My favorite Manning baked good story however will always be our daughter Morgan’s first birthday party, and the cake that we left too close to the edge of the table. We were all celebrating and as we turned our gaze from the table where the finger food was to the other room where the presents were, Manning saw his opening. He lunged for the cake and began licking the icing off the side. Emily’s aunt and I saw it first and immediately shouted, “Manning, no!” It was too late, although the cake was salvageable on three sides, so no permanent damage was done. The picture of the semi-eaten birthday cake is still one of my favorites from Morgan’s first birthday.

As I mentioned earlier, Manning was a social dog. He never met a stranger. One time, that same aunt who spied Manning taking a taste of birthday cake deliciousness was visiting in town. She loved him unconditionally and began petting him in our den. She said, “Manning, maybe you’ll calm down when you’re two.” As if on cue, all 65 pounds of lab hopped into her lap on the seat at that very moment. Our aunt had to say, “well, maybe three for you.” I’m glad to say, he never really did. It wouldn’t have been his style. He aggressively loved everyone he came into contact with, and age and maturity would not get in the way of him trying to show some affection.

He loved trying to greet people who might come down our road in the off chance that someone might come and pet him. Every afternoon or evening, he knew the time I would come home from work, and he’d sit at the edge of our yard, looking and waiting. I will never forget the look of excitement as he saw my car pull up and he’d chase the car down our driveway and excitedly greet me as I’d open the door. It was our routine, and if I came home in a sour mood from work, he would improve it immediately.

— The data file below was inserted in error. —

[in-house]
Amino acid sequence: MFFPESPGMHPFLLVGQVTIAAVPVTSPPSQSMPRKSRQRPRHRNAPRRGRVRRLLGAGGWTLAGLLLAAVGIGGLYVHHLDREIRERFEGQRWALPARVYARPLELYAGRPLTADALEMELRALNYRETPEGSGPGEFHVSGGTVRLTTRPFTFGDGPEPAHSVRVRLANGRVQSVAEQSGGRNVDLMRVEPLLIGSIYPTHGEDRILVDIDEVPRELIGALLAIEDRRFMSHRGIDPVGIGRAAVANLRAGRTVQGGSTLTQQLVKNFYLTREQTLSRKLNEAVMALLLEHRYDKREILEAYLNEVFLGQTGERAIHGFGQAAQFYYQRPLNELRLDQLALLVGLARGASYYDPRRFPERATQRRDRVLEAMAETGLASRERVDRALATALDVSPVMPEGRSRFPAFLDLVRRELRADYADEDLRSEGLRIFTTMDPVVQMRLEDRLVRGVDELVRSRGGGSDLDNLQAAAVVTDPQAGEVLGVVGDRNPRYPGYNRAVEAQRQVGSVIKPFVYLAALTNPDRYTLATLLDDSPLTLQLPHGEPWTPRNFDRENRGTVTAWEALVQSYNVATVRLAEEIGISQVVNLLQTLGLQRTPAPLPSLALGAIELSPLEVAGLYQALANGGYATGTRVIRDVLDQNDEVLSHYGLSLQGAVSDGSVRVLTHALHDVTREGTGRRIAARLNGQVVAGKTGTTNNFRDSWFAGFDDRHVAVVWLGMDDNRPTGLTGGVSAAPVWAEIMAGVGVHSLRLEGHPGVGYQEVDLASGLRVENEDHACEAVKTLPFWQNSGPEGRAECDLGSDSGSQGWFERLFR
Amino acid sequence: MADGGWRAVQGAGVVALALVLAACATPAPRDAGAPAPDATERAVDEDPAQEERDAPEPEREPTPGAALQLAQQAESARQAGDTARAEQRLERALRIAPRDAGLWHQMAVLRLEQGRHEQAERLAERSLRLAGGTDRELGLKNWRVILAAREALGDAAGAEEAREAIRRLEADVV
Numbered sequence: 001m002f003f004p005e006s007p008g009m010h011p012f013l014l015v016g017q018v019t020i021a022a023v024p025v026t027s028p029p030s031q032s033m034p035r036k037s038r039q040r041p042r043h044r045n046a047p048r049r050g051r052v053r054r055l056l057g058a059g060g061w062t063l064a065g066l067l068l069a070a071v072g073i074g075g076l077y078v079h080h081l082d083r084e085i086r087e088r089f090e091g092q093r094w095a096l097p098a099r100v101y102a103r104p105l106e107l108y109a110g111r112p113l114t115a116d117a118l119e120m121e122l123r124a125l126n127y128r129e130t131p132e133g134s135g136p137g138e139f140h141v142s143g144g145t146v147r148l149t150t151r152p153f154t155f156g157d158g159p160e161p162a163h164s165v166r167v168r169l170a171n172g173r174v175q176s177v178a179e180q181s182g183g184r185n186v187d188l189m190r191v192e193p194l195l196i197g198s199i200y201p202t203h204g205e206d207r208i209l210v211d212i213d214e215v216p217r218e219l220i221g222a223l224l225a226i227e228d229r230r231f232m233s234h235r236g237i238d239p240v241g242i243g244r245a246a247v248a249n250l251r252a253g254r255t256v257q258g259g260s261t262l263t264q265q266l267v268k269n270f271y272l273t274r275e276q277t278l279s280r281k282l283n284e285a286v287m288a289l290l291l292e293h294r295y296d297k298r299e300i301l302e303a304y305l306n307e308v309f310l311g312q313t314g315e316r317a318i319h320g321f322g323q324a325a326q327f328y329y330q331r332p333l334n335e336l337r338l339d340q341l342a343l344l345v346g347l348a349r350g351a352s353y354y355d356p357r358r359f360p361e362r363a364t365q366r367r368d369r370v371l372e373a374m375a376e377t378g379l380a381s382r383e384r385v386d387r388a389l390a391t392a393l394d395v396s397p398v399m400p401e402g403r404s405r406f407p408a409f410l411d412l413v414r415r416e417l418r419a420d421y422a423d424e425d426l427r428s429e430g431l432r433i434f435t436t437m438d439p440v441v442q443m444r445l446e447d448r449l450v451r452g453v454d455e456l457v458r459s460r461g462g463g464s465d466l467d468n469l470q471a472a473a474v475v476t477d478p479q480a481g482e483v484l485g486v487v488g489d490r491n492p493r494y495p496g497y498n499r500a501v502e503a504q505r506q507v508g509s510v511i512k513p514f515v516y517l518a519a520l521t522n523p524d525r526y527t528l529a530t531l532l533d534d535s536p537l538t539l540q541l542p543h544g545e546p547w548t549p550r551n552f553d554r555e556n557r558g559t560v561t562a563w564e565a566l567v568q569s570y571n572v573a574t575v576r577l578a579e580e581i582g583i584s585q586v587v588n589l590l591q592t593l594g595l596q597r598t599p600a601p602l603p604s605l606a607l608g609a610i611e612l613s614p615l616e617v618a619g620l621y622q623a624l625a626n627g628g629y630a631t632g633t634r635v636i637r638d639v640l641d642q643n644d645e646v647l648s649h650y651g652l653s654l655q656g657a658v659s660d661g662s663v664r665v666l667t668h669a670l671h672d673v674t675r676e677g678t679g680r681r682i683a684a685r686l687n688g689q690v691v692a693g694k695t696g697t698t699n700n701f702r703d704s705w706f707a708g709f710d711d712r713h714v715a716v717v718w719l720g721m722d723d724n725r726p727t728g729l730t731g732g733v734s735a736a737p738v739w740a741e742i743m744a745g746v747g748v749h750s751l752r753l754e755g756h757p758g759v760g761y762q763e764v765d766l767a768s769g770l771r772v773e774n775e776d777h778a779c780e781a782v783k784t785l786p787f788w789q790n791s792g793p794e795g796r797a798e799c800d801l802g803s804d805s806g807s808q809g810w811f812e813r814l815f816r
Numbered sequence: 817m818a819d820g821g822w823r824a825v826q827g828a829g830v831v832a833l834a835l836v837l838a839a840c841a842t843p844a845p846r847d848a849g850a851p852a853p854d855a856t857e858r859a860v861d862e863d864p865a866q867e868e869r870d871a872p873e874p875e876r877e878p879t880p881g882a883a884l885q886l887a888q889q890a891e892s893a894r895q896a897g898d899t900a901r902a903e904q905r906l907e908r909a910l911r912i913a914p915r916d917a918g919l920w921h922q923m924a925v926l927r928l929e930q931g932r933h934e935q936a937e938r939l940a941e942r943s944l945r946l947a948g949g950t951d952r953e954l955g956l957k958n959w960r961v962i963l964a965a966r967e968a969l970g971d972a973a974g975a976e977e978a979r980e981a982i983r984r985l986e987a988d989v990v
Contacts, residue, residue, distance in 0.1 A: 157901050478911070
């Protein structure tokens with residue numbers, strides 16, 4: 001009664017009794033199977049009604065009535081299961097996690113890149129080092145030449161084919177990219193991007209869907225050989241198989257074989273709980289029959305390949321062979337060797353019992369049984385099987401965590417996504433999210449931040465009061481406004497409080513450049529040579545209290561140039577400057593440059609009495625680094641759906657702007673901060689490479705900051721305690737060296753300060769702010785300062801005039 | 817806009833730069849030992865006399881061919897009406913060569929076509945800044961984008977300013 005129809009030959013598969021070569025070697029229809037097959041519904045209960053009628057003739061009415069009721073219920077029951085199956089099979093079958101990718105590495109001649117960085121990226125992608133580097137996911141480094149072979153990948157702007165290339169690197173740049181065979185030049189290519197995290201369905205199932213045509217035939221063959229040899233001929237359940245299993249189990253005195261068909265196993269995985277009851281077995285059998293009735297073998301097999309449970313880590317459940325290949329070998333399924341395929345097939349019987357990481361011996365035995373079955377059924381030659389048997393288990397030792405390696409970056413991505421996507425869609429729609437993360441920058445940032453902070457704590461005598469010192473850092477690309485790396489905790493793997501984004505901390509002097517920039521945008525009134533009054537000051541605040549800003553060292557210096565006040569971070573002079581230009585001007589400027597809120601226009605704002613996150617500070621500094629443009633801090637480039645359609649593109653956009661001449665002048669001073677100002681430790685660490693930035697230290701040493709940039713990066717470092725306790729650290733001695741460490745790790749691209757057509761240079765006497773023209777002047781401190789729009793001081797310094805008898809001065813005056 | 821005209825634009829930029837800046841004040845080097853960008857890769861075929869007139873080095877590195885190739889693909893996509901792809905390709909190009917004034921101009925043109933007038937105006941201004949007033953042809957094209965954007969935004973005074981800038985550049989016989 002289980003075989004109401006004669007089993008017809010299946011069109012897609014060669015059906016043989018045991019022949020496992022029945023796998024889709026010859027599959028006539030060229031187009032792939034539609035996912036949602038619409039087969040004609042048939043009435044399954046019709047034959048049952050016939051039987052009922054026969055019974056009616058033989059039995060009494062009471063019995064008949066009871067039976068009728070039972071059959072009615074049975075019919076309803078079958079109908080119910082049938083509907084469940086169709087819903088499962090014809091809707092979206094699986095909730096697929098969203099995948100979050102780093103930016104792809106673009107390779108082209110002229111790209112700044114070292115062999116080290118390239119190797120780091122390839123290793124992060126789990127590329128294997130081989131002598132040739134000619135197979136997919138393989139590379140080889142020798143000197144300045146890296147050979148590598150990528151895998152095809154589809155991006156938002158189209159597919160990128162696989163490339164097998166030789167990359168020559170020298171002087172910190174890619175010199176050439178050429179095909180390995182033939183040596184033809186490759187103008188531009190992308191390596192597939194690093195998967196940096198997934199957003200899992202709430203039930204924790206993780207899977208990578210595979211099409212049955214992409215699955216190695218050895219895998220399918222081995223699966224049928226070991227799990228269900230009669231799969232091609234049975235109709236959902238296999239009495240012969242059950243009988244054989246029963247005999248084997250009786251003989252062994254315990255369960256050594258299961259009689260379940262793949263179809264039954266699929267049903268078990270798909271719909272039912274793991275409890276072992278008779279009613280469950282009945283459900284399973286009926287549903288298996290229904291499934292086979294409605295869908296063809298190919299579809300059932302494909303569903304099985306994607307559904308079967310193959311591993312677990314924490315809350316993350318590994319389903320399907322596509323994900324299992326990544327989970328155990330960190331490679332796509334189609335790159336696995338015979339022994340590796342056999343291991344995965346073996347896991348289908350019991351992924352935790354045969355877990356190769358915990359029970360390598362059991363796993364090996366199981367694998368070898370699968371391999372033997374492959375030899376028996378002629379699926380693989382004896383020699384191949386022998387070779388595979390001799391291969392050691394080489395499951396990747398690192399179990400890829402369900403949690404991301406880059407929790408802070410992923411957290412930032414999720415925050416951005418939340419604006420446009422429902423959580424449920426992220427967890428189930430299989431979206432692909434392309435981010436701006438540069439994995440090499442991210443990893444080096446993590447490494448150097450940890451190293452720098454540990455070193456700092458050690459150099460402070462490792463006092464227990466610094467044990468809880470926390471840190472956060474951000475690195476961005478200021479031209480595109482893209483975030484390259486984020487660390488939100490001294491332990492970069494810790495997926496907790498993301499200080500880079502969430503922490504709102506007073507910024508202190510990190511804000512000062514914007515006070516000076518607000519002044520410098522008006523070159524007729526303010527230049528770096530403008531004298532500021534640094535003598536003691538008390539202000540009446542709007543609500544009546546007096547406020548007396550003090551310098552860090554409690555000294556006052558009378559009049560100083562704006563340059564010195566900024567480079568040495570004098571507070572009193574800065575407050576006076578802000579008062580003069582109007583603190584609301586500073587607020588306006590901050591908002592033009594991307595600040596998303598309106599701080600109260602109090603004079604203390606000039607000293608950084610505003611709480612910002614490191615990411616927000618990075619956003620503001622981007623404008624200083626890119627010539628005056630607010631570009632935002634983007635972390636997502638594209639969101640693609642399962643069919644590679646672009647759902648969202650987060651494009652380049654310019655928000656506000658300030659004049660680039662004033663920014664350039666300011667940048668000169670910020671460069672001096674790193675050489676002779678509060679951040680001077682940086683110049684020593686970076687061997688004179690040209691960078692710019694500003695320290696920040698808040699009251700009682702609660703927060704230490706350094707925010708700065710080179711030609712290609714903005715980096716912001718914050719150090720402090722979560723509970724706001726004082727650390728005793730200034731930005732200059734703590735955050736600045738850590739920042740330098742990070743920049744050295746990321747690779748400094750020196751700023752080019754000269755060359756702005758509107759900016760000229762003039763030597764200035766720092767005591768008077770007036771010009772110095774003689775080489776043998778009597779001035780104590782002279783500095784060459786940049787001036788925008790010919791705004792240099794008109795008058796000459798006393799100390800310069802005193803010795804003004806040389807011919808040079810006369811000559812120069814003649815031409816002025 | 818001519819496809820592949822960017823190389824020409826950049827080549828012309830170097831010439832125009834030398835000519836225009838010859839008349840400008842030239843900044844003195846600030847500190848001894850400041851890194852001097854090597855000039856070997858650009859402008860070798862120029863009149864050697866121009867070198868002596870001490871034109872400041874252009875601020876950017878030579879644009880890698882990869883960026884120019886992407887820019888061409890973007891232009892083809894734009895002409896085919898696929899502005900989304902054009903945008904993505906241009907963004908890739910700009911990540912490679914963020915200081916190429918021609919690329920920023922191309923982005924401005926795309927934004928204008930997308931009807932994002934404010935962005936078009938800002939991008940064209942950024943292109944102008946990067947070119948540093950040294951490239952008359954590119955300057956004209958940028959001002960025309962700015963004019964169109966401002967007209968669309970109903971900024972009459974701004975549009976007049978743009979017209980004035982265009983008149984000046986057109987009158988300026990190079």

Our routine always included a morning walk or run at a park. It was pretty much the only thing he truly demanded of us, aside from love. There is a reason why studies show people with dogs lead healthier lives — you have to be active to keep up with them. Our morning time together was pretty much sacred. Spring, summer, winter or fall — we always had our morning time. We saw sunrises, snow, rain, sleet, deer, turkey, owls and pretty much any other animal you can think of in Middle Tennessee. It was hard to wake up, look at my phone and see a temperature of 14 outside and still see Manning’s nose in my face, ready for a walk. I found myself consistently asking for cold weather workout gear each Christmas, just to prepare for the slog of early morning winter walks and runs when normal folks would smartly stay inside.

Manning loved our kids. When we were getting close to arrival time for our first, we made sure to read up on what we needed to do to ensure our dog acclimated well. We had read about bringing back a blanket she had been in at the hospital so he could get the scent and realize she was part of the family. It was unnecessary. He knew. Manning sniffed, and went for the kiss. It’s who he was.

He was patient with infants and toddlers, even as they demanded more and more of our time. When our daughter was three, she told us she wanted to “ride” Manning like a horse one day. Manning dutifully complied, even though I’m sure he wasn’t thrilled. He was part of the family, and he knew that was part of the deal.

When our son was born, Manning gave me a look that could only be described as, “Oh, so we’re doing this again, are we?” Manning loved him just as much however.

With the arrival of our son, we had grown out of our house, and so we moved out a little further with a little more space, and a little more yard. Manning had more territory to patrol, and more rodents to chase. He was happy to add turkeys to his list of animals that needed to be dealt with.